why couples fight

Years ago, I was in an unhealthy relationship. One could even say it was toxic, and they would not be wrong. When I met that guy, I thought I had hit the jackpot with him. In the beginning, our relationship seemed pretty normal. All couples fight, but our fights were minor and quickly solved. However, over time, the small arguments grew into huge monsters. Where there was once an apology and accountability, now sat insults and shame. The aggressive fighting was gradual, but when it arrived, it arrived in full force. The way my partner yelled at me in public, shamed me, and humiliated me, changed me as a person. I was not a fighter or a name-caller when I first met him, but soon I found myself trying to out-fight him, and I was seeing myself in a light I no longer liked or respected.

What do couples fight about?

Couples fight for many reasons. Some reasons are deep-rooted, while others are related to small daily things. What do you do when daily frustrations start getting in the way? You talk about them and let your partner know how you feel. If things don’t change, you don’t have to stay in the relationship. Sounds simple, right? However, before making a permanent decision based on temporary feelings, you have to consider if what you are fighting about are minor issues or deal-breakers. Here is a list of the most common reasons why couples fight.

Social media

Liking pictures of the opposite sex on social media can quickly become a huge issue in a relationship. Our private lives are on display for everyone to see, and an innocent like or comment can be enough to trigger a fight. You can feel insecure if your significant other is attracted to others.

Sex

Couples fight about sex a lot. Not having enough sex, having too much sex, or even arguing about what kind of sex you want more or less of. Fighting over sex can affect your emotions and your physical connection with your partner.

That damn phone

With phones glued to their hands, many people have an issue with this in their relationships. Scrolling through social media may seem innocent enough after a long day of work, but if you are with your loved one and pay more attention to your phone, your partner may feel like they are being ignored.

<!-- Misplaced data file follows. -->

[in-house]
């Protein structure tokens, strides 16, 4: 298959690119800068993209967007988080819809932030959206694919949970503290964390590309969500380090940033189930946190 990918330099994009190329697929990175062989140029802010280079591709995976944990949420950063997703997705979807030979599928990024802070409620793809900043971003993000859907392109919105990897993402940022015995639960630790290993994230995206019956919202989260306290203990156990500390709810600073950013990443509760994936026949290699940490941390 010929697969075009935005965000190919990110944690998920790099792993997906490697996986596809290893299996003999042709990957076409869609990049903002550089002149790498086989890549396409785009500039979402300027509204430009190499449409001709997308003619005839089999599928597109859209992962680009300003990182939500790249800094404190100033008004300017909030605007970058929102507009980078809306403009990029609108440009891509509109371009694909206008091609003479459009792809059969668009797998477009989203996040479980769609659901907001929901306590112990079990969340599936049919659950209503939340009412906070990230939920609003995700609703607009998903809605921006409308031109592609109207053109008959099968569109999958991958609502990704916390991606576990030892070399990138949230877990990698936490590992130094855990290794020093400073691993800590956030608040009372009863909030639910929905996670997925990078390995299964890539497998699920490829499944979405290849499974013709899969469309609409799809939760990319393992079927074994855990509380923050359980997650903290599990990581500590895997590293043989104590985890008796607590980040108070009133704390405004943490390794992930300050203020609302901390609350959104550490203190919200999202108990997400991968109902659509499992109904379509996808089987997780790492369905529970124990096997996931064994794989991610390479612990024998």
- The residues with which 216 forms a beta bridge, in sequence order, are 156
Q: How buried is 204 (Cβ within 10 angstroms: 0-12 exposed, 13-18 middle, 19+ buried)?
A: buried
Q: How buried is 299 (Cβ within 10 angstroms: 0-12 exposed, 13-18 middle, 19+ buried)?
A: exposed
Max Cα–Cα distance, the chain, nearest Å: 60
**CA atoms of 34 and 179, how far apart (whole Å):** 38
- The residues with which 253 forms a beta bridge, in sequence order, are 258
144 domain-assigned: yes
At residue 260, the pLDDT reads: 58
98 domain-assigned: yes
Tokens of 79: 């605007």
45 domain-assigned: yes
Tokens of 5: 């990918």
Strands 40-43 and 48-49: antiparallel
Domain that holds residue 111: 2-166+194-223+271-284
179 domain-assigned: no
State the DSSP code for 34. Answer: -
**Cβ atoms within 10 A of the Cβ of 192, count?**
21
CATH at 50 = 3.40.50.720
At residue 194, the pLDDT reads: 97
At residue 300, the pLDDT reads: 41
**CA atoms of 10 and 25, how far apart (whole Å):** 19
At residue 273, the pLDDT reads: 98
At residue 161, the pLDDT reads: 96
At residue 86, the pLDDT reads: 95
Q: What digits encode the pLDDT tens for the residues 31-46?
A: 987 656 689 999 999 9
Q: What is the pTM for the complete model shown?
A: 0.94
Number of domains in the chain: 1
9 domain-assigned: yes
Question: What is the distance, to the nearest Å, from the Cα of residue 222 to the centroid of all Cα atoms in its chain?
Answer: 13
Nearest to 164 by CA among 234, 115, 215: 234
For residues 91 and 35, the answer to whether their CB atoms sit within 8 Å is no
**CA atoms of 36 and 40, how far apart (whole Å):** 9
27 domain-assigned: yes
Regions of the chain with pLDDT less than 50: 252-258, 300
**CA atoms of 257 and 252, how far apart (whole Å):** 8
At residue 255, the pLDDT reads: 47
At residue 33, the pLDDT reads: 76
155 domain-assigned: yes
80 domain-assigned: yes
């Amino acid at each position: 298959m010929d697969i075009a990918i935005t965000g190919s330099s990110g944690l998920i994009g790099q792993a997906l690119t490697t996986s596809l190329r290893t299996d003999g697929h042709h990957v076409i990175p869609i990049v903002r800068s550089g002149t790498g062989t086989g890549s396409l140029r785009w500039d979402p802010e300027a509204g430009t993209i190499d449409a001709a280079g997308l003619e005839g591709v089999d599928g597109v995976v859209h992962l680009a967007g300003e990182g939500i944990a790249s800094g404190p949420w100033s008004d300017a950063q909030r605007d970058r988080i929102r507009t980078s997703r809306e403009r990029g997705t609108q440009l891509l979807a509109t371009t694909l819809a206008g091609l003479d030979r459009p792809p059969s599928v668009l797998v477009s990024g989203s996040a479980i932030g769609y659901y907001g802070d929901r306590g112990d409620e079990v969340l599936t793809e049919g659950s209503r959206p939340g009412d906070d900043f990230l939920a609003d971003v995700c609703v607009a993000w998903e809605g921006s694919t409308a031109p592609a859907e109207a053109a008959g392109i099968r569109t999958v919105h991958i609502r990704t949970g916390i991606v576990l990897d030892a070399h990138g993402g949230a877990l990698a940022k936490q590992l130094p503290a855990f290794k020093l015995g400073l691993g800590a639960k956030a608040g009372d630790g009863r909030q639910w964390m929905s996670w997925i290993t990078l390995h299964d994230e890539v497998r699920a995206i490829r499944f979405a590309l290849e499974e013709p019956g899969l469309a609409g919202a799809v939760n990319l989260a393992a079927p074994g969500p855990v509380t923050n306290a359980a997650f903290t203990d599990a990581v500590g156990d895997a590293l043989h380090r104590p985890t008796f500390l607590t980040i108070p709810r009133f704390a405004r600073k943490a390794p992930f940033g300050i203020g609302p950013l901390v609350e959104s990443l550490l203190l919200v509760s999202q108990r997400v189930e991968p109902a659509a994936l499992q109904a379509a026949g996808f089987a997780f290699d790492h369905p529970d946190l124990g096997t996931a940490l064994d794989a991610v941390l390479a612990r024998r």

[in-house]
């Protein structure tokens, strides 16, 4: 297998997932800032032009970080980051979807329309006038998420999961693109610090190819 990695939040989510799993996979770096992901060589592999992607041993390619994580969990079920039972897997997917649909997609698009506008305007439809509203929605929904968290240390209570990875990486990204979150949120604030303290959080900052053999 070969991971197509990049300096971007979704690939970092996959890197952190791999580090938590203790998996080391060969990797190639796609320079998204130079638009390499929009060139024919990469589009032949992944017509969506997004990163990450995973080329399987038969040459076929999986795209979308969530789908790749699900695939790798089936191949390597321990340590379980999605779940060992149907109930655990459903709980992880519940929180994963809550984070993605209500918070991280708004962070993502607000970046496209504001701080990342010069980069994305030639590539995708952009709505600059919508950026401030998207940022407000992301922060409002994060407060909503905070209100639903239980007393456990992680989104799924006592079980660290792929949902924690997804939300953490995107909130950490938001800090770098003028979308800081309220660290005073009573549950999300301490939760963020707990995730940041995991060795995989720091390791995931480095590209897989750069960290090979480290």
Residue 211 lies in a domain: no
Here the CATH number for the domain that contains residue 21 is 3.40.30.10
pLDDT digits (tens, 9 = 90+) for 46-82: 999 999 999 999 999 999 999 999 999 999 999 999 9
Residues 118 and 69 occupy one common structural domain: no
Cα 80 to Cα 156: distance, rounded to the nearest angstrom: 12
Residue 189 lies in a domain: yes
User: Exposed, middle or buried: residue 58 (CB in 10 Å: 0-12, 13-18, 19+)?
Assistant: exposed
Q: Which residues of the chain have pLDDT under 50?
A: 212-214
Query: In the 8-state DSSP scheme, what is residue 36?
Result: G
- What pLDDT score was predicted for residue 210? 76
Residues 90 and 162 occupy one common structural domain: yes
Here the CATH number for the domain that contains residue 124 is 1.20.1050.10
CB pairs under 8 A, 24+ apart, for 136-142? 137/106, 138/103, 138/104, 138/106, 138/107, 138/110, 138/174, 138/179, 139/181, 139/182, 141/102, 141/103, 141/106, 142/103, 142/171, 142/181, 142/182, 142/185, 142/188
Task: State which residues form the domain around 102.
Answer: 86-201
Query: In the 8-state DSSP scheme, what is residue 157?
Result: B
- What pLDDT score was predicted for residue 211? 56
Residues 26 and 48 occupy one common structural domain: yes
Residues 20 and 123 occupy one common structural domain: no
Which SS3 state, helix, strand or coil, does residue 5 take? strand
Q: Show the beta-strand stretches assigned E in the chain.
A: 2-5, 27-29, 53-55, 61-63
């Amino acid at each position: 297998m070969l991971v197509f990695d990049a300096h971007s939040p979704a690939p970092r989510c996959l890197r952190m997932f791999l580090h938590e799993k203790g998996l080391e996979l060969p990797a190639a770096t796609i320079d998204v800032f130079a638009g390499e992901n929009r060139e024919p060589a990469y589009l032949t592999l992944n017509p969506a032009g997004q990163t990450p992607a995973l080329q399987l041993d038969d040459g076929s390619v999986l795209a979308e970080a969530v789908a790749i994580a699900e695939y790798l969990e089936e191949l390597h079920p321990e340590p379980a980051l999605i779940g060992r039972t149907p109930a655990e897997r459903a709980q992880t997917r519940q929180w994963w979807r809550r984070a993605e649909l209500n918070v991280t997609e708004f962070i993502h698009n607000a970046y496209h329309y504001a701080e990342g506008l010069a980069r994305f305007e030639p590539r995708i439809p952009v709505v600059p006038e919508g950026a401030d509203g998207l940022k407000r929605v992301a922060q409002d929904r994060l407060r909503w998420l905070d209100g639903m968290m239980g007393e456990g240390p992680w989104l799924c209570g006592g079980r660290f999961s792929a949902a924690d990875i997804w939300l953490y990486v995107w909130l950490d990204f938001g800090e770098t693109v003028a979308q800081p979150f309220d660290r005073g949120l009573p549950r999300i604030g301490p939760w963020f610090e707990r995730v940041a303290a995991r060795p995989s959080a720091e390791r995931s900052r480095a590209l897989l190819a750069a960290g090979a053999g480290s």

Sharing responsibilities

When you move in together, at first it is fantastic. It’s cute to see your partner’s socks under the table or a wet towel on the floor. But after a while, “sure I can do the dishes… again” starts to get old, and fights break out when the wet towel begins to smell.

When you move in together, at first it is fantastic. It's cute to see your partner's socks under the table or a wet towel on the floor. Click To Tweet

Friends

You can get comfortable in a relationship real quick. Once your partner’s friends are introduced to you, sometimes they hang around too long or require too much attention from your partner. It can upset you as they take precious time away from building something solid with a person you love.

Past relationships

The past can come haunting. Does your current partner still have their ex’s stuff in their house? Do they talk to each other to catch up and try to remain friends with their ex? That can damper the beginning of a new relationship and leave the new partner frustrated.

Money

Does the conversation “Who is going to pay? I paid last time. Now it is your turn.” sound familiar? Money is a common argument between couples that happens so often it almost seems normal. The one who earns more money is usually expected to pay more, making the other partner feel like they are the only one pulling their weight, and that’s a tough spot to be in.

Readiness for commitment

The questions of when you will be exclusive in a relationship or move in together can put a relationship to the test. One person may be more ready for a commitment, and the other may be dragging their feet. Being more focused on furthering a career rather than building a family can cause an ongoing argument.

Being more focused on furthering a career rather than building a family can cause an ongoing argument. Click To Tweet

Not feeling appreciated

When one partner is putting in more work or feeling as if they are not being appreciated, that can lead to anger and cause fights in unexpected places. Slamming down dishes because you were not thanked for cooking dinner can leave confusion on the table for dessert.

Jealousy